No lockdown benefits

The first few weeks of the initial Covid-19 lockdown in March last year were the most difficult for people without an income and those who are self-employed. 

“For many working in the digital economy, the five-week lockdown was a period of unprecedented insecurity and hunger, without work, income or benefits,” writes Webster in a report titled The Uberisation of Work.

The devastation was worse for Uber Eats drivers who could not access any kind of financial relief because they are migrants, says Webster. Nkosi, who is originally from Uganda, confirmed that they did not get any compensation or relief from Uber or the government during this period, despite not being able to work because many restaurants were closed. 

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When the government relaxed its lockdown restrictions, there was high demand for the food delivery service as people were cautious about going to malls and restaurants. But that didn’t translate into drivers earning more as the fees were cut. 

Uber Eats justified the cuts as a strategy to get more business for drivers. “As a result, delivery partners will spend more time making deliveries and less time sitting idly waiting for orders.” While this might have benefitted customers and restaurants, who paid less, drivers have had to bear the brunt. 

This has meant drivers work extremely long hours to reach a day’s target. Nkosi says he works “13 to 14 [hours] a day, because you may start at 8am and you end up closing at 10pm or 9pm”.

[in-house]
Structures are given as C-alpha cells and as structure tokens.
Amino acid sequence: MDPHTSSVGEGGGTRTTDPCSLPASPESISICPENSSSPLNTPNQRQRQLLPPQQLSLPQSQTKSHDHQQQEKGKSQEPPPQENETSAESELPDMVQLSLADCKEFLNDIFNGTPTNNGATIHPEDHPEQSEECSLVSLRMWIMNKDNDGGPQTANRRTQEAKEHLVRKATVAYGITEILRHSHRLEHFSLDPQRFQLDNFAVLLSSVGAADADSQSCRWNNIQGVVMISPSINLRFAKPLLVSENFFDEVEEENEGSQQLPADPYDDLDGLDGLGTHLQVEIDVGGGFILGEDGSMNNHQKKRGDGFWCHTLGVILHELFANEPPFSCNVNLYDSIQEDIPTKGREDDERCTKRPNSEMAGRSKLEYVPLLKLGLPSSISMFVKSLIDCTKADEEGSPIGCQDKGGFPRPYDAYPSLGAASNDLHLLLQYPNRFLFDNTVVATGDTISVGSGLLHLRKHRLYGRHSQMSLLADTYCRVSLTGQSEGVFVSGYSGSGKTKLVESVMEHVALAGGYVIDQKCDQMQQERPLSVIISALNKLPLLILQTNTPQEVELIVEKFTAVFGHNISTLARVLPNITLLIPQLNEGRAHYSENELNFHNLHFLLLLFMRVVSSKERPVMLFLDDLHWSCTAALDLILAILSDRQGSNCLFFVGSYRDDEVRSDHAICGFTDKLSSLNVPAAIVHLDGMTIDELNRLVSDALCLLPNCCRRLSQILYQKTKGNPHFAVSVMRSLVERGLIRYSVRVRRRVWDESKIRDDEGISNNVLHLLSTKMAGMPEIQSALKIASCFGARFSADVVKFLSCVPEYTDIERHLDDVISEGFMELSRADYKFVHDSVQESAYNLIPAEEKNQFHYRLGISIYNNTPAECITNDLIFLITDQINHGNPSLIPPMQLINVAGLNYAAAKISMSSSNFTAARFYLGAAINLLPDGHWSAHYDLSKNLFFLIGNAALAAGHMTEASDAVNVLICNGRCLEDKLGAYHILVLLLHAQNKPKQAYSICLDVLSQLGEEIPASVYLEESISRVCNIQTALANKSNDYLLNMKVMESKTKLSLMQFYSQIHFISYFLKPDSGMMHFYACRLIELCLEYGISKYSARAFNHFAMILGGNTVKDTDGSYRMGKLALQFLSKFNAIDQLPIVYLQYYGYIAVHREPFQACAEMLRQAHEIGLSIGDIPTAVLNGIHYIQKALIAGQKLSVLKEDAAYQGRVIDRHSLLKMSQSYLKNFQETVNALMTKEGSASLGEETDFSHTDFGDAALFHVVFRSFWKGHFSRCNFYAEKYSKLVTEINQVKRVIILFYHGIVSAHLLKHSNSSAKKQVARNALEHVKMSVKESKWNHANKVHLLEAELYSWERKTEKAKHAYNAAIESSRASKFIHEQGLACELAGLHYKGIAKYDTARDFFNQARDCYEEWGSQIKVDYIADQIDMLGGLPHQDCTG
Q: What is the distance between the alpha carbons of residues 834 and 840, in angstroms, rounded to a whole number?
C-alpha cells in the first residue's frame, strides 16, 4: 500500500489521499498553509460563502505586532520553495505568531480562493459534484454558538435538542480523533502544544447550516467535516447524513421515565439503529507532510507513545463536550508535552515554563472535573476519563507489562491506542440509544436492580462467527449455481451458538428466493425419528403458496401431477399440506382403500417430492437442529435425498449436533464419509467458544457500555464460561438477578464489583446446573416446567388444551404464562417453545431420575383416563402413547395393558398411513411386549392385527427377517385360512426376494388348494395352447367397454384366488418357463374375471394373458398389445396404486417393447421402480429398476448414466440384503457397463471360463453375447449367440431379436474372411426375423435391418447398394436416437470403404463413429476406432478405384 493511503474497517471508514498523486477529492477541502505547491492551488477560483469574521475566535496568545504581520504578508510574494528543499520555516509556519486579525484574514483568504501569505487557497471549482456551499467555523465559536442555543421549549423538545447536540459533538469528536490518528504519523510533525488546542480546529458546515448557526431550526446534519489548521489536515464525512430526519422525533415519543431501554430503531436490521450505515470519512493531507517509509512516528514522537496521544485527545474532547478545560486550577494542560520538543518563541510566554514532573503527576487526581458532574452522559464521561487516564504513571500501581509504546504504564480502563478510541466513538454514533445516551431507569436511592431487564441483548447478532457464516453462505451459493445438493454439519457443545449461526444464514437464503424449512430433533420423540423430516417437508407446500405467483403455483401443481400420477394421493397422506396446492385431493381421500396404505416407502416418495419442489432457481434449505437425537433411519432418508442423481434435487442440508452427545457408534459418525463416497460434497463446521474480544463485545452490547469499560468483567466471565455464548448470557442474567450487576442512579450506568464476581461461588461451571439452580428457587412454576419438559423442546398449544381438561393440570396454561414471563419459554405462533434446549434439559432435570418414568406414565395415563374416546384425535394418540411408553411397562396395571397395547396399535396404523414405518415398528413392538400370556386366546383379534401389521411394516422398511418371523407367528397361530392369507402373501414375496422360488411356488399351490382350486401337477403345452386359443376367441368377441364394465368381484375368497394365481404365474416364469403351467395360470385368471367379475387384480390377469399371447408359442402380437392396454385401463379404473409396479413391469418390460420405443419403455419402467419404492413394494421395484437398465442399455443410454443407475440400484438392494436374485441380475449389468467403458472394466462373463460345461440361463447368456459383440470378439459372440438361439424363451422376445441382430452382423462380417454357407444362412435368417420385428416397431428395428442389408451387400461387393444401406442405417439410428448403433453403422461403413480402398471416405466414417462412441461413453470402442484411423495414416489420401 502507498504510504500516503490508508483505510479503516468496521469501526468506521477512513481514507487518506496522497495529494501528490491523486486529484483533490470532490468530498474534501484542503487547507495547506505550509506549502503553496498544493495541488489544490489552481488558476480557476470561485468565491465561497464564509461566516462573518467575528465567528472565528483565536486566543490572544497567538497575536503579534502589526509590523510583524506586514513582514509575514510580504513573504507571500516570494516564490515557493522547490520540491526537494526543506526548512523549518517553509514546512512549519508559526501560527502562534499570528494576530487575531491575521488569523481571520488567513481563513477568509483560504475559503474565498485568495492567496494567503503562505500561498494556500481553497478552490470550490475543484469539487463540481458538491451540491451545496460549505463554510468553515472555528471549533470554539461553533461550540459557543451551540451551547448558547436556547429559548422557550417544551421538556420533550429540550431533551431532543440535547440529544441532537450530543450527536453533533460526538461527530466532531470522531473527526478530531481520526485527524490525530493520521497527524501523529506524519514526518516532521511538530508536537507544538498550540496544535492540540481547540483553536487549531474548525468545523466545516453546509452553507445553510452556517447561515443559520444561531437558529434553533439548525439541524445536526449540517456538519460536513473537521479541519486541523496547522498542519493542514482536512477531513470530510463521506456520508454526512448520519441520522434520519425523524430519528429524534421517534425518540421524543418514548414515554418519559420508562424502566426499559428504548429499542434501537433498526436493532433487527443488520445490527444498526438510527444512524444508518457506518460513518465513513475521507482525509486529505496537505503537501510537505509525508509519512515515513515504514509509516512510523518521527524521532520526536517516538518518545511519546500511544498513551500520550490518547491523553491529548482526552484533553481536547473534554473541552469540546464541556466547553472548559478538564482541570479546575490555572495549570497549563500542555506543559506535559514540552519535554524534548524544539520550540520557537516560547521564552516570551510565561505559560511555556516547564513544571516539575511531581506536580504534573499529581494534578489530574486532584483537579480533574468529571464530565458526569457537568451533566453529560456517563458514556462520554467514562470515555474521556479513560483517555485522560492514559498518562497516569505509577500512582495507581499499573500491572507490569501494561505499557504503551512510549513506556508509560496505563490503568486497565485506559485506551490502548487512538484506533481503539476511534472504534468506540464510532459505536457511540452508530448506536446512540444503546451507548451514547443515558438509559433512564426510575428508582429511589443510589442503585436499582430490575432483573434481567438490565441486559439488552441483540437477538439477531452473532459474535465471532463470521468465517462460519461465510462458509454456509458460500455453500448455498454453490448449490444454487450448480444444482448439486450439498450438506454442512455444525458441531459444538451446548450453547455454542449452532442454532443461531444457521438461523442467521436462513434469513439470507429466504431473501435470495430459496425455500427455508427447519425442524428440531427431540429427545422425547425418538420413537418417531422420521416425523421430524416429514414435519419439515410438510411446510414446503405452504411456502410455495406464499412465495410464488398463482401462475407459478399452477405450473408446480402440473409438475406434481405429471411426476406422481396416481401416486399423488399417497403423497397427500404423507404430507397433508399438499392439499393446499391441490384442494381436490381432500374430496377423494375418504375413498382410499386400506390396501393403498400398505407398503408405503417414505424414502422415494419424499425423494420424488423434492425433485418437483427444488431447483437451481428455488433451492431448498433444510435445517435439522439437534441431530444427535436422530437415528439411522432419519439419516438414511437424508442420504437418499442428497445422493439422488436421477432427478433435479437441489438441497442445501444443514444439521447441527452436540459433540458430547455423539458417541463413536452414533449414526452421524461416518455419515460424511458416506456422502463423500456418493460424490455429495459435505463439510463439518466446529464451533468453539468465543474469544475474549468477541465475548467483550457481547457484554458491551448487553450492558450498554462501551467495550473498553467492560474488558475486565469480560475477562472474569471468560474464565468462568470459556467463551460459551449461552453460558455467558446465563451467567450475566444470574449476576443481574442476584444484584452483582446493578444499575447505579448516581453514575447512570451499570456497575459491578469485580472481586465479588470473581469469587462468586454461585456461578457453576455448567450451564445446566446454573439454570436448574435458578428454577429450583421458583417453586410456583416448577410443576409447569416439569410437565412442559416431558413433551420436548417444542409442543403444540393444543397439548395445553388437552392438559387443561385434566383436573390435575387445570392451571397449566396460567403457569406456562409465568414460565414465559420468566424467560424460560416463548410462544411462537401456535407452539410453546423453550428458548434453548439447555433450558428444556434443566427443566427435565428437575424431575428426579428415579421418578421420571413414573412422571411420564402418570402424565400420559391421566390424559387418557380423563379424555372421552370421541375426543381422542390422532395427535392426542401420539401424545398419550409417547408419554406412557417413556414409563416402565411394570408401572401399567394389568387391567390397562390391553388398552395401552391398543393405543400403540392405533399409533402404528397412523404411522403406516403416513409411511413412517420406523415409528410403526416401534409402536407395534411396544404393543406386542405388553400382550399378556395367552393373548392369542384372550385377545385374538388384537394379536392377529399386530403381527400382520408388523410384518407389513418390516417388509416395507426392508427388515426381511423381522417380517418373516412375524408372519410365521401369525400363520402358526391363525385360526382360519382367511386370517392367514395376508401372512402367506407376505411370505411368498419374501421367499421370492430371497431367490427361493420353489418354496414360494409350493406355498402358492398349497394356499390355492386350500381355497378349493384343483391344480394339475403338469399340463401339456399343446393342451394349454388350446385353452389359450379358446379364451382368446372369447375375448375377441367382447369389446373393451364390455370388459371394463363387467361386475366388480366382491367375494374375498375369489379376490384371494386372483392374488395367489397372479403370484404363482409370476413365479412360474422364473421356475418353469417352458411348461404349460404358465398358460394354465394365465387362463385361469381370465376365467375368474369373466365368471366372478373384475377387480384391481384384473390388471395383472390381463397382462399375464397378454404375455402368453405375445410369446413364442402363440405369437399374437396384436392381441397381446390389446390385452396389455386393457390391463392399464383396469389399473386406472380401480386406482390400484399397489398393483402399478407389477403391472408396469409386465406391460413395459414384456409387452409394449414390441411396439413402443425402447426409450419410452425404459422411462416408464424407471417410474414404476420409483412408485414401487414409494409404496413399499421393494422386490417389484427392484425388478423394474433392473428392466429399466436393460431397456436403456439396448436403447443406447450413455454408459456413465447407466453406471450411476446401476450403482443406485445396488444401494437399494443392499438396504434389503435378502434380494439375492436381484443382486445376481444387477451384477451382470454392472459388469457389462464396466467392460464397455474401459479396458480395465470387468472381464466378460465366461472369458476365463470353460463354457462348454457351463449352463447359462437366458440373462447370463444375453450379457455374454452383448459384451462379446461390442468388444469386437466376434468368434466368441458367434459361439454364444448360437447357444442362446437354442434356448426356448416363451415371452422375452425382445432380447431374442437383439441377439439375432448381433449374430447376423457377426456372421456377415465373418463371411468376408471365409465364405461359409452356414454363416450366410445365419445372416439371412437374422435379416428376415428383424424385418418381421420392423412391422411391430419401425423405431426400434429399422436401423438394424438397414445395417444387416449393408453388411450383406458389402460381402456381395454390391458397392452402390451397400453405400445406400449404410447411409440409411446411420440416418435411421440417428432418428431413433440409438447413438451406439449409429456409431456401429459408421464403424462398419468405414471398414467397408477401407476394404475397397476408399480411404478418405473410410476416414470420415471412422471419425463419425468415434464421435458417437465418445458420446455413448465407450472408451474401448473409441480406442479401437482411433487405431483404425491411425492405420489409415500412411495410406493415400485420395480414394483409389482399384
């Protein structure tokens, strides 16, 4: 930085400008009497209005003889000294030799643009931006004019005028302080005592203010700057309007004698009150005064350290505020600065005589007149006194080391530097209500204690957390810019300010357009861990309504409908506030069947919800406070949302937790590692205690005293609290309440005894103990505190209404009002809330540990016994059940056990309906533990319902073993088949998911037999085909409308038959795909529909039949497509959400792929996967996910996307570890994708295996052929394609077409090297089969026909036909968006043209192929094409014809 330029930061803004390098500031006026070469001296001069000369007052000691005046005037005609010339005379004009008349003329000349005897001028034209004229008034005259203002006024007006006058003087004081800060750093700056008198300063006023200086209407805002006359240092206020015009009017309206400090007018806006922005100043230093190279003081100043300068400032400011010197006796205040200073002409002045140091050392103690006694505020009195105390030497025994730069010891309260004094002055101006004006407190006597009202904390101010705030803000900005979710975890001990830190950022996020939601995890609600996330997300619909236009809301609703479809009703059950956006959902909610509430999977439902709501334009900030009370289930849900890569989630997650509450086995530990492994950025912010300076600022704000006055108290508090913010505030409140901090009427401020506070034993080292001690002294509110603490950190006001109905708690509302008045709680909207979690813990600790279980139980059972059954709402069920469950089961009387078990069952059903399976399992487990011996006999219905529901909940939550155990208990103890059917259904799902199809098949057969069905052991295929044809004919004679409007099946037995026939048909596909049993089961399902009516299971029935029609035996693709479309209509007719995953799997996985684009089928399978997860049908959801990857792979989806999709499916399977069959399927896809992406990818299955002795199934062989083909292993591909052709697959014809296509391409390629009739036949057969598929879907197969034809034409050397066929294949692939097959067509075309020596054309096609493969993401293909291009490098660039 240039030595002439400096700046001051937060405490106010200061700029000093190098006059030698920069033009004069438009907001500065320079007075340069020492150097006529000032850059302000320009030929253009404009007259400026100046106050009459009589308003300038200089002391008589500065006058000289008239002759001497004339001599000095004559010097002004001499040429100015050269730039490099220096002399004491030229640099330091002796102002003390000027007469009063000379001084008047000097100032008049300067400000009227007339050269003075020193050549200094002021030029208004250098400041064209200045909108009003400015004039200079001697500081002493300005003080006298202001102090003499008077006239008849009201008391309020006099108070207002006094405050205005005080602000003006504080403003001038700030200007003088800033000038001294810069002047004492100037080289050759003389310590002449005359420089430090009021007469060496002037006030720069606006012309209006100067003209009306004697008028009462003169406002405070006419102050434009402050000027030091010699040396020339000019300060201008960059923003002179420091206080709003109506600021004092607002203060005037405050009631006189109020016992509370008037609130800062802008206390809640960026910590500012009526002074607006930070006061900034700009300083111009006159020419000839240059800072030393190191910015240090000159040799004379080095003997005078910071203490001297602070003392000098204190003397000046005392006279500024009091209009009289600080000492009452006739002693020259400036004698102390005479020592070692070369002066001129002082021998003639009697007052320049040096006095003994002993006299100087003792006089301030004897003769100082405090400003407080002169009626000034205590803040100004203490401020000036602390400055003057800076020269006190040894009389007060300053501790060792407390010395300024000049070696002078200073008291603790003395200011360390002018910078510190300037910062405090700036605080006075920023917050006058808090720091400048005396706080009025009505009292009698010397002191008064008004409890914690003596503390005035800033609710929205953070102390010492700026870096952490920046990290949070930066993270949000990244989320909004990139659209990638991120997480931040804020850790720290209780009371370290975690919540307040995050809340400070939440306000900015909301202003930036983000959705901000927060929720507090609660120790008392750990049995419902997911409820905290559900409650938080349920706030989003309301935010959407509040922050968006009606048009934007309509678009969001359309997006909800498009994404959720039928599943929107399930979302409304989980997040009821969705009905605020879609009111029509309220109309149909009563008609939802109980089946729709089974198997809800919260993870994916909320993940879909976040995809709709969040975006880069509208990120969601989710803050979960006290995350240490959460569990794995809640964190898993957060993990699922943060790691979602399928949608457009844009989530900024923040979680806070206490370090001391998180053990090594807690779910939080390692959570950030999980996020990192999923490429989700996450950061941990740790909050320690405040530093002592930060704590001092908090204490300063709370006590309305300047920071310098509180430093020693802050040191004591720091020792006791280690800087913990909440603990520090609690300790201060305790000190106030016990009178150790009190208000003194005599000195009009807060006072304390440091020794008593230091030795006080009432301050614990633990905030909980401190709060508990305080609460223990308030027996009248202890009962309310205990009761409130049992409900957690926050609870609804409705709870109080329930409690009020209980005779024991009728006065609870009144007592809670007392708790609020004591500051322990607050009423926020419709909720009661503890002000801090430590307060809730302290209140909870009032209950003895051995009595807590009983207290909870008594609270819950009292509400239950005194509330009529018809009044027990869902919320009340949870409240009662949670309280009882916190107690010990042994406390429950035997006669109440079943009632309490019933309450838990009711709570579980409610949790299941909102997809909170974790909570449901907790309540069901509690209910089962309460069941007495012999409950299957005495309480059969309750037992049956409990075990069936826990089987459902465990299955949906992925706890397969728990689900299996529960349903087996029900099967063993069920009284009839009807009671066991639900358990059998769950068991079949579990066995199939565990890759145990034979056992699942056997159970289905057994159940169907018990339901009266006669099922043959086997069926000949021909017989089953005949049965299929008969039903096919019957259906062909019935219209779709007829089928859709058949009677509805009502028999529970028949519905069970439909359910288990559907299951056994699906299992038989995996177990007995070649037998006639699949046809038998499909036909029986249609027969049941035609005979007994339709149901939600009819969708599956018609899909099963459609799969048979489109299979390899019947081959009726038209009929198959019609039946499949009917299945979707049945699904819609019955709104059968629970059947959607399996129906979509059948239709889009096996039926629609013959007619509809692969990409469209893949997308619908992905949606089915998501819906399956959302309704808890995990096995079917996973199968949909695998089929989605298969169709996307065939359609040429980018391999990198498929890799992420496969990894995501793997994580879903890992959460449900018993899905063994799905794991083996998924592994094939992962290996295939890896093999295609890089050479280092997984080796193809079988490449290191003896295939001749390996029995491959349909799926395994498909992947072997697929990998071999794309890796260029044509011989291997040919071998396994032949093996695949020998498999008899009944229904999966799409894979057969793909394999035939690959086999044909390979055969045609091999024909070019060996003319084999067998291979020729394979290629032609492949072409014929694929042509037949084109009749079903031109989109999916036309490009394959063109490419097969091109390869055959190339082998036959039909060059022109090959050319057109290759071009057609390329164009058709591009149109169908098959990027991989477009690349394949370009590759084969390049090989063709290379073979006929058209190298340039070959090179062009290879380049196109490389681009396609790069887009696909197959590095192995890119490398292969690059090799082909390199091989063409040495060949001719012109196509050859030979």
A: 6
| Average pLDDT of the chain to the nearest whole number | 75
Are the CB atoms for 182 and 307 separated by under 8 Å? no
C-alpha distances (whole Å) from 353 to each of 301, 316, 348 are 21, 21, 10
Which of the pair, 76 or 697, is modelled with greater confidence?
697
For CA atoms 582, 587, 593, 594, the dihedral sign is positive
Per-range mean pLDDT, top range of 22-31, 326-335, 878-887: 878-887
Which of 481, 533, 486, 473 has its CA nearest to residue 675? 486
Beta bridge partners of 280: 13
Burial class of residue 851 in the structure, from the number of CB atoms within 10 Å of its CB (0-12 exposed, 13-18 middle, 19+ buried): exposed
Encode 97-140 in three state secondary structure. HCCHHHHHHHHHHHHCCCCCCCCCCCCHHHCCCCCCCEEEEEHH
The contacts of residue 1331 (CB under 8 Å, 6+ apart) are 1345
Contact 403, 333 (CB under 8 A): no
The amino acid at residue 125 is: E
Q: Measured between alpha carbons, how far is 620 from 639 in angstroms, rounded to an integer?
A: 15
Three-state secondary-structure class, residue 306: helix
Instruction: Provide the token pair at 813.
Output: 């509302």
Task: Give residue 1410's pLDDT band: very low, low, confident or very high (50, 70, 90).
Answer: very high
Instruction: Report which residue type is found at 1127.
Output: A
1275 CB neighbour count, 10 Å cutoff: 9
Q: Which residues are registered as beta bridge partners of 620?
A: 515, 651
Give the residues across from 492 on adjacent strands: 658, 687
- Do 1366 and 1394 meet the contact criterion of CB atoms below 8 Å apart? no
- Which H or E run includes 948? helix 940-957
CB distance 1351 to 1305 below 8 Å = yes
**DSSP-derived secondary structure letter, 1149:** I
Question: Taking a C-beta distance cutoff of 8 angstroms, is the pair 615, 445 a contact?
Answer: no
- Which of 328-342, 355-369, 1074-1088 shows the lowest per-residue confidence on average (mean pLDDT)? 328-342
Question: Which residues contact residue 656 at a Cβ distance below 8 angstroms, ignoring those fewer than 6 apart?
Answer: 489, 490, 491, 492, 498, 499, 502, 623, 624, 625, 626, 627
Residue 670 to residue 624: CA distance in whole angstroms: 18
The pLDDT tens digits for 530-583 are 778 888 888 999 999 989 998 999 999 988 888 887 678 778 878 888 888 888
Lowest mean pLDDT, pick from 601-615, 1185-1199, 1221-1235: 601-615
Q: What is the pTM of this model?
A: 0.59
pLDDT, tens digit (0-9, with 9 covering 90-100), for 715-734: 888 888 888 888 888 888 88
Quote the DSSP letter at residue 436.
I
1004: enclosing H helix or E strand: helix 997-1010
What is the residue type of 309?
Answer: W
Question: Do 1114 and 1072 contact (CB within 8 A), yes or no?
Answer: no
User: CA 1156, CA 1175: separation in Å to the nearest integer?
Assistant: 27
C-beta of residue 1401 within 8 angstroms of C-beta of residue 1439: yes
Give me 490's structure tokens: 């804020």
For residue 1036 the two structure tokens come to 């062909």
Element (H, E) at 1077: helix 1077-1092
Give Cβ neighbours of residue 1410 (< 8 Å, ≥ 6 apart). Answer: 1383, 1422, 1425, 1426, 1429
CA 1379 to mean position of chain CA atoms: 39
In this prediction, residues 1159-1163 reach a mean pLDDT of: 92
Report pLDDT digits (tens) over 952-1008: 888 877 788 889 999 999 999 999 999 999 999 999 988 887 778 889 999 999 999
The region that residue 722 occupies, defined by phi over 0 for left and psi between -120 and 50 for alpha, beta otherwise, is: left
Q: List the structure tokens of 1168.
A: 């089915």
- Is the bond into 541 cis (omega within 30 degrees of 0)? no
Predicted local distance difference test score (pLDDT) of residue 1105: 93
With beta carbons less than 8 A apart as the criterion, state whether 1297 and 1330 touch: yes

The long hours lead to fatigue, which is dangerous for drivers who are constantly on the road. Smith was involved in an accident while working in 2019. “I was from McDonalds crossing to Campus Square [in Auckland Park, Johannesburg, on a scooter]. A speeding car jumped the robot and the guy hit me … Police didn’t open a case for me. So, when I tried to contact Uber, they asked for a police case number and we had not opened up a case. Because I was broken, I did not get time to go to the police. I spent three months in the hospital,” says Smith.

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He adds that when he reported the accident to the tech company, he was removed from the app. “So, when people see that, they say, ‘If I report to Uber, they will just deactivate my app and I will get nothing.’ So, when you get an accident, you just know I am on my own, you don’t even report.”

However, Uber says “safety of delivery-partners is a top priority and we take any incident reported to Uber seriously.”

They further claim, according to an Uber spokesperson, that “Uber Eats delivery-partners are covered by Injury Protection, from Chubb Insurance South Africa Limited – this is from the moment they accept a delivery request, right through to when the delivery is completed … When a courier uses the in-app emergency button to call emergency services, the vehicle’s make and model, license plate, and GPS location are made available to these private emergency services and security responders. This information is also shared with Uber’s Incident Response Team, who is trained in incident response and can review this information and investigate any issues. In addition, when Police are involved, Uber’s Law Enforcement Relations Team will cooperate with their investigation in accordance with our Law Enforcement Guidelines.” 

Long wait for help